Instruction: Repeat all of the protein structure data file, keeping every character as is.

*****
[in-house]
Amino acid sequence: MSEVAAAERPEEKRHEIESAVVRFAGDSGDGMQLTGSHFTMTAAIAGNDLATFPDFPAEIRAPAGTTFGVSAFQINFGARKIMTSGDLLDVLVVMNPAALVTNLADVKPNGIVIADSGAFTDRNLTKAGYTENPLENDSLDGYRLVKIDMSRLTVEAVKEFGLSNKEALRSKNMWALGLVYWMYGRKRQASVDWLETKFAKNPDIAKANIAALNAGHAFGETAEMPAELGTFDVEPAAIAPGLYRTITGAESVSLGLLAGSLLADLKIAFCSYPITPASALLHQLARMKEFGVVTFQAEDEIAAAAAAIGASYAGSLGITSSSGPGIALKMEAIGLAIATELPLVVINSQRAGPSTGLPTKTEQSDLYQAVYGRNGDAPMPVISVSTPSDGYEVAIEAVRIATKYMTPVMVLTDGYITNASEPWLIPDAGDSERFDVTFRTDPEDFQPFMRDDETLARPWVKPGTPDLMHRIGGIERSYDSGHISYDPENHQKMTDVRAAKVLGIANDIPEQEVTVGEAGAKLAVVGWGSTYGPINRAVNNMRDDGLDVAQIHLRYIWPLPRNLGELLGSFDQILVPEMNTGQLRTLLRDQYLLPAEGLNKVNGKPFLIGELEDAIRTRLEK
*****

[in-house]
Amino acid sequence: MSEVAAAERPEEKRHEIESAVVRFAGDSGDGMQLTGSHFTMTAAIAGNDLATFPDFPAEIRAPAGTTFGVSAFQINFGARKIMTSGDLLDVLVVMNPAALVTNLADVKPNGIVIADSGAFTDRNLTKAGYTENPLENDSLDGYRLVKIDMSRLTVEAVKEFGLSNKEALRSKNMWALGLVYWMYGRKRQASVDWLETKFAKNPDIAKANIAALNAGHAFGETAEMPAELGTFDVEPAAIAPGLYRTITGAESVSLGLLAGSLLADLKIAFCSYPITPASALLHQLARMKEFGVVTFQAEDEIAAAAAAIGASYAGSLGITSSSGPGIALKMEAIGLAIATELPLVVINSQRAGPSTGLPTKTEQSDLYQAVYGRNGDAPMPVISVSTPSDGYEVAIEAVRIATKYMTPVMVLTDGYITNASEPWLIPDAGDSERFDVTFRTDPEDFQPFMRDDETLARPWVKPGTPDLMHRIGGIERSYDSGHISYDPENHQKMTDVRAAKVLGIANDIPEQEVTVGEAGAKLAVVGWGSTYGPINRAVNNMRDDGLDVAQIHLRYIWPLPRNLGELLGSFDQILVPEMNTGQLRTLLRDQYLLPAEGLNKVNGKPFLIGELEDAIRTRLEK